Question Time: Office of the First Minister and deputy First Minister - Monday 19 January 2015

The appointment of a Commissioner for Victims and Survivors.

At the start of Oral Questions to the First Minister he stated that considering the importance that we place on ensuring that all victims survivors have an appropriate representative voice through the commissioner, we want to ensure that we have the right person for the job. The current process produced a disappointingly small pool of appointable candidates. We have therefore agreed to try to widen the pool through a new competition. In the interim, the commission is continuing to deliver its work plan this year and is working with the victims' forum to ensure that victims and survivors' interests remain at the forefront of our actions.

The First Minister was also asked about the Equality Commission/Community Relations Council: Merger and the Clerical Abuse Victims: Financial Redress.

The Budget and the failure to Support it created the most interest to members during Question Time to First Minister. Jimmy Spratt asked the First Minister and deuty First Minister whether the failure of three of the Executive parties to support the Budget amounts to a rejection by them of the Stormont House Agreement.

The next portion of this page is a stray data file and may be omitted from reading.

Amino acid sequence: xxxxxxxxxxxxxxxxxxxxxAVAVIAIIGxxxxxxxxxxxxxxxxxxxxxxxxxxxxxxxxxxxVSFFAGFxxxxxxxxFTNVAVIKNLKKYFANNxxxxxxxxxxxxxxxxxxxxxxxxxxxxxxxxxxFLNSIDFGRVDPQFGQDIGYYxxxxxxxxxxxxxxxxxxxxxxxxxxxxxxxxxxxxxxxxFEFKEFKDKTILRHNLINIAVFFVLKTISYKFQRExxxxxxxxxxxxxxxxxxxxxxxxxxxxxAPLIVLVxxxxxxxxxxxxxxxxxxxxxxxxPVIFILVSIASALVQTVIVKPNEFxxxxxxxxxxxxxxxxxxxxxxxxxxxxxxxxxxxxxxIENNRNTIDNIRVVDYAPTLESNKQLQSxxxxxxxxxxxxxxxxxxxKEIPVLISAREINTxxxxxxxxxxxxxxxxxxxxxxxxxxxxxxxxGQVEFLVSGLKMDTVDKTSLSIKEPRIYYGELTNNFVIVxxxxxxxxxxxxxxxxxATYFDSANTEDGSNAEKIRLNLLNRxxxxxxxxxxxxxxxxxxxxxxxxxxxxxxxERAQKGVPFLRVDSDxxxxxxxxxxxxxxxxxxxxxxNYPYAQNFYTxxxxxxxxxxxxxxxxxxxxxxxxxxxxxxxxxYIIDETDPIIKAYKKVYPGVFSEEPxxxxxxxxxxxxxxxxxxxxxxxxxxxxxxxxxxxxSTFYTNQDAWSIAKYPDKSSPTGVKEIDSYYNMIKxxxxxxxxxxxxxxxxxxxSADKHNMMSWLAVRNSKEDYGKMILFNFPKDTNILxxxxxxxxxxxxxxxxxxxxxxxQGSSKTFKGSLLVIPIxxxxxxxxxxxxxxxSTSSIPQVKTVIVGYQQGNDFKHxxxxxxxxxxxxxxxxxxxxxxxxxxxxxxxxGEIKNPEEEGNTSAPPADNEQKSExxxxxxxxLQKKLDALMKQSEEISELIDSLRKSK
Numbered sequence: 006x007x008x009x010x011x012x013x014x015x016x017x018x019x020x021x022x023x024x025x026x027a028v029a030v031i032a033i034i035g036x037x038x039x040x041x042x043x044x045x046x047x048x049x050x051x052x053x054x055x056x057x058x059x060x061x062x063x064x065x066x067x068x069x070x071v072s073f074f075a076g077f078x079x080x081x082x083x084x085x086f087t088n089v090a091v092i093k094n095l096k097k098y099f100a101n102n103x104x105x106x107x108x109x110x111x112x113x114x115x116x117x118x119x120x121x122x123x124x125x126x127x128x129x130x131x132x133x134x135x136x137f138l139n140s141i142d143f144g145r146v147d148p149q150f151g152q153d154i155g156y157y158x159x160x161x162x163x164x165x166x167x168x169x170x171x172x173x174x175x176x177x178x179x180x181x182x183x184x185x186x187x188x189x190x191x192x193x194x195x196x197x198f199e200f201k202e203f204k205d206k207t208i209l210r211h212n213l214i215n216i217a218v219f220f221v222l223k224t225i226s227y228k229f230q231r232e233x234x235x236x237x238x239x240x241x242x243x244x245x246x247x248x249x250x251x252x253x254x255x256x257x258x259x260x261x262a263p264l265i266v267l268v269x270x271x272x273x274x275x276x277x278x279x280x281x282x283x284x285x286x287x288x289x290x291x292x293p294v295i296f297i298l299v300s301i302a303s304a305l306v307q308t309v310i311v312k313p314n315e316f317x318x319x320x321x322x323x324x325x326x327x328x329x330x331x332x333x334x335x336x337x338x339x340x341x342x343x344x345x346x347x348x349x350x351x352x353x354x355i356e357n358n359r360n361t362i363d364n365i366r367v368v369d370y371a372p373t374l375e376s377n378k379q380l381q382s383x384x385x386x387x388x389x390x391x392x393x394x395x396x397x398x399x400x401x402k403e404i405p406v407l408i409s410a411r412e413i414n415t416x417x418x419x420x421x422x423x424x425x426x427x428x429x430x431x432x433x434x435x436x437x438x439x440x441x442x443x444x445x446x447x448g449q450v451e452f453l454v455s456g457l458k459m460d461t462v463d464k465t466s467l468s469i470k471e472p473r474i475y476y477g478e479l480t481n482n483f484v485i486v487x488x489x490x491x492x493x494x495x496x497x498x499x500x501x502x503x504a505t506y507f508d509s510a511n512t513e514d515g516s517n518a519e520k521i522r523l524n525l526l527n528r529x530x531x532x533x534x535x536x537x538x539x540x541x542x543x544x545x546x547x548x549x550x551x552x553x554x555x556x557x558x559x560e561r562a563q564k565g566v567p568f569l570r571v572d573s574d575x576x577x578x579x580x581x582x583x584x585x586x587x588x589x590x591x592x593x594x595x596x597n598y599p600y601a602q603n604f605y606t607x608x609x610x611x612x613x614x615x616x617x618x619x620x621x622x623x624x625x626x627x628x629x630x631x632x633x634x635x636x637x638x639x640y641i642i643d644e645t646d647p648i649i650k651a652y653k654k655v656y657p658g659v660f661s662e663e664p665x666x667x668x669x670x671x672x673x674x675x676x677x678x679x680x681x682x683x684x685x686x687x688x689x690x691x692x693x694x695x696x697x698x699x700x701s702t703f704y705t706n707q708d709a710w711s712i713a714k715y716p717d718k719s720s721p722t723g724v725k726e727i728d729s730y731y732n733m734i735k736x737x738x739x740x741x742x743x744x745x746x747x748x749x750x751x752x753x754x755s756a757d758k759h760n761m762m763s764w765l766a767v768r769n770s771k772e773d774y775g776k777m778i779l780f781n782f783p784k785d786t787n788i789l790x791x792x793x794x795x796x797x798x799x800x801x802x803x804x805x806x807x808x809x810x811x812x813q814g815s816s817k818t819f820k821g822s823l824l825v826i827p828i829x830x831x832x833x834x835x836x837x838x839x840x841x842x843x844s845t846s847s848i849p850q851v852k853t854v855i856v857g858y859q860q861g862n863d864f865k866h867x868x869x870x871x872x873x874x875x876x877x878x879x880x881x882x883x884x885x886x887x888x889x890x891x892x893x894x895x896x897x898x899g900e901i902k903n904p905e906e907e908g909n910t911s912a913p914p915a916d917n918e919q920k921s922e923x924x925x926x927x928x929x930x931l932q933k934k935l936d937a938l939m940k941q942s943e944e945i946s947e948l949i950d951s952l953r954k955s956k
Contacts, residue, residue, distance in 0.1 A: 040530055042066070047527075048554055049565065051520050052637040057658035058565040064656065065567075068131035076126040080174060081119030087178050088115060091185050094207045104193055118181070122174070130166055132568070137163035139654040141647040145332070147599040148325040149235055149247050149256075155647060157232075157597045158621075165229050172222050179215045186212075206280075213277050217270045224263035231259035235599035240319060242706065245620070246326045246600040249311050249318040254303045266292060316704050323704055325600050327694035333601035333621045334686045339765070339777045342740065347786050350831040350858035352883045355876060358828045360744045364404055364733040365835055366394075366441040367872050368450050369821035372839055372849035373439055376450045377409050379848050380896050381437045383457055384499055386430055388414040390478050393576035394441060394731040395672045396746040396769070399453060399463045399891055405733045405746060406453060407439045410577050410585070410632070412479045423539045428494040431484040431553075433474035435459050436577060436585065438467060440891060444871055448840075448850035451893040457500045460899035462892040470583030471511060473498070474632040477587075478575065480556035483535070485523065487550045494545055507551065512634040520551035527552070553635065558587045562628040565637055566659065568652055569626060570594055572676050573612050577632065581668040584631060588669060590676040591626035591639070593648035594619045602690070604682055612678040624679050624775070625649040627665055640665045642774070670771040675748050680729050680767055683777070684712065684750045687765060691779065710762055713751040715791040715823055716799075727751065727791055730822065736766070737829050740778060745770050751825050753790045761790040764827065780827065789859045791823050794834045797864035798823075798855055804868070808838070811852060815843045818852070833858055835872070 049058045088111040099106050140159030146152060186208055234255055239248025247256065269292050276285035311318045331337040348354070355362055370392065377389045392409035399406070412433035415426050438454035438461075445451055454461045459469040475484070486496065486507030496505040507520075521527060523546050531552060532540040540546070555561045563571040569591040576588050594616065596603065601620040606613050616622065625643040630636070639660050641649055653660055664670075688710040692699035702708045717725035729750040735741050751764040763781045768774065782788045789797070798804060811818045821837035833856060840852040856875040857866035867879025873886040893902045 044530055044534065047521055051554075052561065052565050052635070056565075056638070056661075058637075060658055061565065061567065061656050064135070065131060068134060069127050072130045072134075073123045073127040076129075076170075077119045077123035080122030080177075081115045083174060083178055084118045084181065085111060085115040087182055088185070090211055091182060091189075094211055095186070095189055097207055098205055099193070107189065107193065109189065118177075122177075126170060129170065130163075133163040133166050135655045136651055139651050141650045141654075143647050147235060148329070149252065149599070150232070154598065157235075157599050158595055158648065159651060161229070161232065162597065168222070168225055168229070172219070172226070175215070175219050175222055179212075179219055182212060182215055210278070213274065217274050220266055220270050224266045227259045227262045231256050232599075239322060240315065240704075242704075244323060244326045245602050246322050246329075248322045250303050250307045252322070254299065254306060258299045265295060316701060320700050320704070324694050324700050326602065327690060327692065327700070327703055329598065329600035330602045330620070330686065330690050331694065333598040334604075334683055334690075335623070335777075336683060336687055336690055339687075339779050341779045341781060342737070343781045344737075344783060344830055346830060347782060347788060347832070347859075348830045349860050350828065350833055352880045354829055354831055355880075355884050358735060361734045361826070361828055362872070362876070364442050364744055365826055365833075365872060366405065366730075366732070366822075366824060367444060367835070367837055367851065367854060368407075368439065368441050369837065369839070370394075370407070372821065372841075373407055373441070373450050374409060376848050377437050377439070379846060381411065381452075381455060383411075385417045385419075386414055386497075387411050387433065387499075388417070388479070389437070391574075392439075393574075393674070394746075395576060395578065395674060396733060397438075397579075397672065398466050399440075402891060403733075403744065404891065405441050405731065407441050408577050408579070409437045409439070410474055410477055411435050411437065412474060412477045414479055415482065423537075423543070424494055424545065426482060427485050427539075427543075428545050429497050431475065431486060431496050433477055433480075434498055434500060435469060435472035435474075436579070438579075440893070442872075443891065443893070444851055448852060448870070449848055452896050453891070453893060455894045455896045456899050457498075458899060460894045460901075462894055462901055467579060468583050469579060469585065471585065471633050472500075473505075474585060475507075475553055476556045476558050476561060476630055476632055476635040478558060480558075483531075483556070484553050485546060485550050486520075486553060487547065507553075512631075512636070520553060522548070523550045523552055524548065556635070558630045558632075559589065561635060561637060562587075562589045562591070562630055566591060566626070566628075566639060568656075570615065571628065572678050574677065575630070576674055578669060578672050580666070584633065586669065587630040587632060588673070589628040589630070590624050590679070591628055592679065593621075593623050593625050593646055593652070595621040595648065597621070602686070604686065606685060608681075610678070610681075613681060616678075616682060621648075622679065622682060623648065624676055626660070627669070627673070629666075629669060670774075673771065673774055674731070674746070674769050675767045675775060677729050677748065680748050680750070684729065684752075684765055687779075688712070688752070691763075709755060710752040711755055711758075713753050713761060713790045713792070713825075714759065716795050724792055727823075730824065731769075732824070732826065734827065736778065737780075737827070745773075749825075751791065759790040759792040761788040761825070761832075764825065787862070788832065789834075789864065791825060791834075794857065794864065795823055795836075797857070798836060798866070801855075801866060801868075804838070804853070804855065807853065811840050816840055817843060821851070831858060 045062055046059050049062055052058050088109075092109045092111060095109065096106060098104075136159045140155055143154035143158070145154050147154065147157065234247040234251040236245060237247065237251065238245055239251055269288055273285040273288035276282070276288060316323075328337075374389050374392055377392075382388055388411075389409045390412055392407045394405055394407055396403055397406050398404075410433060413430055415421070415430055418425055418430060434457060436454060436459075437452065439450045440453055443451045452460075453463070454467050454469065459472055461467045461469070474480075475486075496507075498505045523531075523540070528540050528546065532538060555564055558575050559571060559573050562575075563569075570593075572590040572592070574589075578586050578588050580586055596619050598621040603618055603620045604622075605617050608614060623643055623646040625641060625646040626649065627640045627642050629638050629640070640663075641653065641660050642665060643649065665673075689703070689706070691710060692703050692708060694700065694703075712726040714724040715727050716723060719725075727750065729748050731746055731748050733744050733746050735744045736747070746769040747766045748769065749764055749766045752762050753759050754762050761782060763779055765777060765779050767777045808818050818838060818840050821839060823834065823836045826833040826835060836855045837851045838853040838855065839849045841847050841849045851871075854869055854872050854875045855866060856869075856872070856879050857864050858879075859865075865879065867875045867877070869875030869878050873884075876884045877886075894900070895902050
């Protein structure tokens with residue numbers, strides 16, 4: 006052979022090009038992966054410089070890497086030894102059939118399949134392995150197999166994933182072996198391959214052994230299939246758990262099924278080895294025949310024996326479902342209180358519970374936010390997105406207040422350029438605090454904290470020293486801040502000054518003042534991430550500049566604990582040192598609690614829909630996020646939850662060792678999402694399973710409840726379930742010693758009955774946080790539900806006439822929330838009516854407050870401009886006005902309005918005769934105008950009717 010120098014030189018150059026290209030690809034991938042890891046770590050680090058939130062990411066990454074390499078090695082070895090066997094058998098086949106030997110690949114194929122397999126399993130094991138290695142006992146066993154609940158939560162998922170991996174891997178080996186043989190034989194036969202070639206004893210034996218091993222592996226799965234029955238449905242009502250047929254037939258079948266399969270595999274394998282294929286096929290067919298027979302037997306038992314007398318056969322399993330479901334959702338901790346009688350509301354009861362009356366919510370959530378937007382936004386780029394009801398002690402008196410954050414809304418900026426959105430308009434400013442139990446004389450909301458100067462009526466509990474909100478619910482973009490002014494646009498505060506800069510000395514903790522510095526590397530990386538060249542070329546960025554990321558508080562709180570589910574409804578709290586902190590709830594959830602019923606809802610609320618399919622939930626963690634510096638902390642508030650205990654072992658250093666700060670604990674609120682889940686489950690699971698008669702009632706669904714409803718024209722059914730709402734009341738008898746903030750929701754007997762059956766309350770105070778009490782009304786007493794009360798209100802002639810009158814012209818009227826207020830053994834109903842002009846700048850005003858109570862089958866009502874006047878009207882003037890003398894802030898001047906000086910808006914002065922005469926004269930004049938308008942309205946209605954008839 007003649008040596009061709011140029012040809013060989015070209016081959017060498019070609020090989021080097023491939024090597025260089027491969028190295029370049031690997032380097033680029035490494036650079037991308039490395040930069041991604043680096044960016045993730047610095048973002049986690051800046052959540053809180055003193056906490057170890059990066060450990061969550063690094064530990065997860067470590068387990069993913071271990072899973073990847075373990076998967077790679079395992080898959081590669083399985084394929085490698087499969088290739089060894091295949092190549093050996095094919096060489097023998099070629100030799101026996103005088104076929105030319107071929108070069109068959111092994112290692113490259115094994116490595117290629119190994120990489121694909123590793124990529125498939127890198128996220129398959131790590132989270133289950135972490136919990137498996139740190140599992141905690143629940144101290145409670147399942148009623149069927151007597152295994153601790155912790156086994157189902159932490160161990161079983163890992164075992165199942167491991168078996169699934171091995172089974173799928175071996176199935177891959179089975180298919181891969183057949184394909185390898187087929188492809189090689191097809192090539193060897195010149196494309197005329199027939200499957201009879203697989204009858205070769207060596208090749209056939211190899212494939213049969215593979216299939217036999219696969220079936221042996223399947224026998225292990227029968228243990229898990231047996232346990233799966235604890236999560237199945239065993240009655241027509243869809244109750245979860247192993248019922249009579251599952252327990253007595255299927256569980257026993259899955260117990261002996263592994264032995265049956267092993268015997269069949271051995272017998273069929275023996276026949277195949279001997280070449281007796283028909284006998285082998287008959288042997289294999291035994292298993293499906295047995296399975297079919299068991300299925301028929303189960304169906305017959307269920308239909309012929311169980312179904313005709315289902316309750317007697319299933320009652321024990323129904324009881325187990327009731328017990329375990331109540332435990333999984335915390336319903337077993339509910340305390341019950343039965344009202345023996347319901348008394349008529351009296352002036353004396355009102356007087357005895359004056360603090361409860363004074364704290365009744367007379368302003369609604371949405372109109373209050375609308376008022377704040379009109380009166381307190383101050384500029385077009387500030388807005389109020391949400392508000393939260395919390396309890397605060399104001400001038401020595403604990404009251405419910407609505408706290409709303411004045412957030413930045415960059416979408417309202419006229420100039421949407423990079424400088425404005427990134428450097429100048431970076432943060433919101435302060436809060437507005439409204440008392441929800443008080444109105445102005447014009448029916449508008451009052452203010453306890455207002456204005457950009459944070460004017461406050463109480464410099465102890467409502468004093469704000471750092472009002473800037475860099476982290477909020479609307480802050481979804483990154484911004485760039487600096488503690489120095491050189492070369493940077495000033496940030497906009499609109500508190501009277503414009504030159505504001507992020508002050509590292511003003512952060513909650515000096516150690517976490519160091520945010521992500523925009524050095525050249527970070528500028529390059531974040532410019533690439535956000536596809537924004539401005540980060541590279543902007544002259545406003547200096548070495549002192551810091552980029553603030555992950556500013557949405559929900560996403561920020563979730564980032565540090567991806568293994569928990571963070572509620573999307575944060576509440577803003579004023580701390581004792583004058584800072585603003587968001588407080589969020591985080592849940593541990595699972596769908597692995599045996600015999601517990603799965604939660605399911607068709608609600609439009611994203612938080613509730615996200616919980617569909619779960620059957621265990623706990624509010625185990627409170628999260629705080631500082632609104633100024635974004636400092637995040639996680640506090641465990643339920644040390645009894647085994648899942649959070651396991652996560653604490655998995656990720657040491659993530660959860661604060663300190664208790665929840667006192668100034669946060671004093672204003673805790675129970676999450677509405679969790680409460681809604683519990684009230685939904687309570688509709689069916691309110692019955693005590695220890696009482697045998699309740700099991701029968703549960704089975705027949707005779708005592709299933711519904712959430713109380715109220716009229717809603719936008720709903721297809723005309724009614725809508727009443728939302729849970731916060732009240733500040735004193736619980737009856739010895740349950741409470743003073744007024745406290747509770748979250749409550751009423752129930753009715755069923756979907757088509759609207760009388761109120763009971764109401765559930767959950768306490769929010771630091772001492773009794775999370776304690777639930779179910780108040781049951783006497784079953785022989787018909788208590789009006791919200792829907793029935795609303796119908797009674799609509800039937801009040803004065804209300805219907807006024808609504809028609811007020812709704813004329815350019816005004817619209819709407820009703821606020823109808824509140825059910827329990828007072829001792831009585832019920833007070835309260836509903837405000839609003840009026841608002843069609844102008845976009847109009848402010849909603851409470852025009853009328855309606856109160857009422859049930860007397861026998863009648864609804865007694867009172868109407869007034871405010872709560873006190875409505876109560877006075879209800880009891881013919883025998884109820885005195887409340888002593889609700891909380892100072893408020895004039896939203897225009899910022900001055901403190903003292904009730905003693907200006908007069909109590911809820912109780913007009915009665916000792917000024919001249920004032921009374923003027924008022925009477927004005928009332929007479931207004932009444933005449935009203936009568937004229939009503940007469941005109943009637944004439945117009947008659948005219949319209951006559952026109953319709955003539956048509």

The First Minister replied with, "I have to say to my colleague that I hope that it does not. Indeed, we had a meeting on Monday last week, if I recall, when all five Executive party leaders confirmed that they wanted to work towards implementing that agreement. Meetings are now set up to work towards its implementation.

Of course, I think that it is worth pointing out that there were, in effect, two agreements, although only one has been published. There is a second agreement — the Stormont Castle Agreement — in which all five party leaders and their teams agreed to a financial package that included welfare reform, the reform of the public services and a range of budgetary issues. The five party leaders went
to the Secretary of State to show that we were prepared to take those hard decisions that were necessary to get our finances on a stable, sustainable and long-term basis.

It is sad to say that not all the parties that were on that delegation were able to give the degree of support that was necessary when the first issue came before them — namely, the passing of a Budget. However, I hope that they will get themselves into order and will recognise the obligation that they have to implement those elements of the agreement. That is because, as I sat at Stormont House, I did not hear anybody around the table say that they rejected the agreement. I recognise that there are some who would choose to use it as an à la carte menu by picking the bits that they like and leaving the hard decisions for the two larger parties. That is not giving leadership, and it is certainly not very responsible.

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